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The Pirates and Royals Square Off In World Series Preview

Two once-proud franchises are resurgent again in 2015

Minus the dreadlocks, let's hope that Pittsburgh will see McCutchen homer off the Royals in October. Photo by Justin K. Aller/Getty Images

Minus the dreadlocks, let’s hope that Pittsburgh will see McCutchen homer off the Royals in October.
Photo by Justin K. Aller/Getty Images

Tonight the Pittsburgh Pirates (53-38) and Kansas City Royals (55-35) square off in a three-game series that could function as a potential World Series preview. As much as the state of Missouri would love to see a KC-St. Louis series, pretty much every other state would rapidly lose interest among the general viewers.

The Pirates and Royals wouldn’t be a great draw from a TV perspective, either, but it would be a great showing that small-revenue teams in once-proud markets can still succeed in today’s MLB. The window for success may be short for a small-revenue team, but with shrewd trades, smart free agent moves, and strong drafts, it can happen.

The Pirates and Royals both had to wander through the desert for long, long stretches until becoming relevant again. If it weren’t for an out-of-the-blue 83-79 season in 2003, the Royals would have been right there with the Pirates as the butt of jokes for futility, as they went from 1994 to 2012 without winning seasons (minus that 2003 season). And as a loyal Pirate reader, you know they went straight through from 1993 to 2012 without a winning season.

The Royals have been on the bottom tier of payroll for most of the 21st century. From 2000 to 2014, the Royals were 25th or lower in 9 of the 15 seasons, never finishing higher than 18th ($81M in 2009). In the same stretch, the Pirates have finished 25th or lower in 12 of the 15 seasons, never finishing higher than 21st ($62M in 2003).

The Royals have four homegrown starting position players (C Salvador Perez, 1B Eric Hosmer, 3B Mike Moustakas, LF Alex Gordon) and two homegrown starting pitchers (LHP Danny Duffy and RHP Yordano Ventura). Two other position players, CF Lorenzo Cain and SS Alcides Escobar, were obtained in an excellent trade for Zack Greinke to the Brewers. By comparison, the Pirates have six homegrown starting position players (1B Pedro Alvarez, 2B Neil Walker, SS Jordy Mercer, LF Starling Marte, CF Andrew McCutchen, RF Gregory Polanco), but only one starting pitcher in Gerrit Cole. The Pirates did add C Francisco Cervelli in a steal of a trade, plus “throw-in” Josh Harrison, and two starting pitchers (Morton and Locke) from the strong Nate McLouth trade.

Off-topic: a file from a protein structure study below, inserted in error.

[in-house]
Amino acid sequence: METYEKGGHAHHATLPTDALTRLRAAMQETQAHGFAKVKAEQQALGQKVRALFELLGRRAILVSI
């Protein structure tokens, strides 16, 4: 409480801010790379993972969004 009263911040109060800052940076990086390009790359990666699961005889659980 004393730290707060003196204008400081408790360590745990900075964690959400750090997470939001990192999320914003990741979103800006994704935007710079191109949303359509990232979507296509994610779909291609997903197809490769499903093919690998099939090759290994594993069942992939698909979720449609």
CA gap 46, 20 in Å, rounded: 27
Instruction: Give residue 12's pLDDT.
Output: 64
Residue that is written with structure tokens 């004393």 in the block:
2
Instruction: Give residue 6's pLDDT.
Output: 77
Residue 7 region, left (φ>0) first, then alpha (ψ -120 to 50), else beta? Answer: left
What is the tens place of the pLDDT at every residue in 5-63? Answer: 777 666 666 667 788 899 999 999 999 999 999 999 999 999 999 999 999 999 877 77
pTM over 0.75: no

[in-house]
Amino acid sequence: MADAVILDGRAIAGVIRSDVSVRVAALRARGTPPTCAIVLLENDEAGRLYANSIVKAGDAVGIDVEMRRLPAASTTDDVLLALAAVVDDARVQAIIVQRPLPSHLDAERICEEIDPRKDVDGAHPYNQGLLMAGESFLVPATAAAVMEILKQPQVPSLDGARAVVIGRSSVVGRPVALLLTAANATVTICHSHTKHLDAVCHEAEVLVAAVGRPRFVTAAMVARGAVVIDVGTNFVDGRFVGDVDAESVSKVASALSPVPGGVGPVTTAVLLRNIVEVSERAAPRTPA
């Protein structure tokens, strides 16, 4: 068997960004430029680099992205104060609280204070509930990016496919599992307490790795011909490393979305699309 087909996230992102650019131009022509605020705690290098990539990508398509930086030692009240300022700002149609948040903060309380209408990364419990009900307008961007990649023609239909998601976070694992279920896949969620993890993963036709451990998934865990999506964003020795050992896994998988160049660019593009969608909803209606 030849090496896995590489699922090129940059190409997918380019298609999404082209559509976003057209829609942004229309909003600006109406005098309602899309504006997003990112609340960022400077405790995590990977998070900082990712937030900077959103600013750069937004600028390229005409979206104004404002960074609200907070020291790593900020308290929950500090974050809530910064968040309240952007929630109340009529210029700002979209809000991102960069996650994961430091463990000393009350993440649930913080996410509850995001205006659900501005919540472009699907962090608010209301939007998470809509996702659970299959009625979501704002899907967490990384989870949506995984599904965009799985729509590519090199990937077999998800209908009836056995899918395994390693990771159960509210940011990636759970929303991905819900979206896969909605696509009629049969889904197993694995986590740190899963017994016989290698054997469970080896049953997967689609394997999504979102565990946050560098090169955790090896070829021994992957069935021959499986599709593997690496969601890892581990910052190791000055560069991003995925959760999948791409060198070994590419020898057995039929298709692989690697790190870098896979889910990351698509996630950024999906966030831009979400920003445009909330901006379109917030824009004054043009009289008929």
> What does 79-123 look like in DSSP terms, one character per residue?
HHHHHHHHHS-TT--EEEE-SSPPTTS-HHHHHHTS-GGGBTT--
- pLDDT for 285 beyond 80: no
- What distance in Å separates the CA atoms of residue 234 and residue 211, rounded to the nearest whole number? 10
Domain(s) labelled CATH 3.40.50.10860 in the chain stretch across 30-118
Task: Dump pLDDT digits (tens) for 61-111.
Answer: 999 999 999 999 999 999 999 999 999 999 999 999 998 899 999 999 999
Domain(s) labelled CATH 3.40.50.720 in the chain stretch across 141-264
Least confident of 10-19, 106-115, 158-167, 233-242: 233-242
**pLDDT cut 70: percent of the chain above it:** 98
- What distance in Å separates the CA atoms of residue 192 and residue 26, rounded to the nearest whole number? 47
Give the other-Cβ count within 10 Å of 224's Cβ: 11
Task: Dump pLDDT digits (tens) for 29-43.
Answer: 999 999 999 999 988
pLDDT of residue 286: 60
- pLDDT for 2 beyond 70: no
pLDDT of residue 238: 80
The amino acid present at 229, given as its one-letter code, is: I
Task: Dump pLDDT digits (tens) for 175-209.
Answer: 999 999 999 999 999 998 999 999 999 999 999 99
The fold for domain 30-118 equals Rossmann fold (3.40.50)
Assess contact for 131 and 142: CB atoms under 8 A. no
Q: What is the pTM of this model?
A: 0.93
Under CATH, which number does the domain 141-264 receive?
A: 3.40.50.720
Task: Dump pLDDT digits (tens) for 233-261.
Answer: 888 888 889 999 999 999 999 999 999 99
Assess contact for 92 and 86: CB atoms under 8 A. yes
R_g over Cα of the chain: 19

For all of those fans that love seeing big market teams in the World Series (e.g. “front runners”), the next few years may disappoint them. The Yankees, Red Sox, Tigers, and Phillies are going to be either down or in fierce contention to even qualify for the playoffs for the next four years. Meanwhile, teams like the Royals and Pirates (not to mention the Astros, Twins, and Rays) see their windows remaining open for the next four years.

The Royals one-upped the Pirates by making a shocking run to the World Series that was buoyed by an absolutely dominant bullpen trio of Kelvin Herrera-Wade Davis-Greg Holland. Essentially games were over if the Royals led after 6 innings. The Pirates have a strong 8th-9th duo of Tony Watson-Mark Melancon, but lack that consistent 7th inning pitcher that they are probably seeking out on the trade market.

A potential World Series would see two fairly similar offenses. The Royals have five position players with a wRC+ greater than 115 (15% more offense than league average), with two OF’s leading the way in CF Lorenzo Cain and LF Alex Gordon. The Pirates have four position players higher than a wRC+ of 115, with two OF’s leading the way in CF Andrew McCutchen and LF Starling Marte.

The difference is that the Royals’ starting rotation is their weakness. Yordano Ventura is the nominal top starter, but he’s been injury-prone and inconsistent in his young career (4.73 ERA in 2015). Old friend Edinson Volquez is once again putting forth a strong, steady season for the Royals (8-5, 3.28 ERA/3.74 FIP, 112 IP), but he’s not someone that strikes fear on a post-season roster. It would be surprising to see the trade deadline pass without them picking up a frontline starter, especially someone like LHP Scott Kazmir or RHP Jeff Samardzjia.

So for the next three nights, let’s hope the Pirates and Royals put on a good show and play baseball that makes both fanbases dream of this happening on a cool, crisp October night.

About Kevin Creagh (161 Articles)
Nerd engineer by day, nerd writer at night. Kevin is the co-founder of The Point of Pittsburgh. He is the author of Creating Christ, a sci-fi novel available on Amazon.

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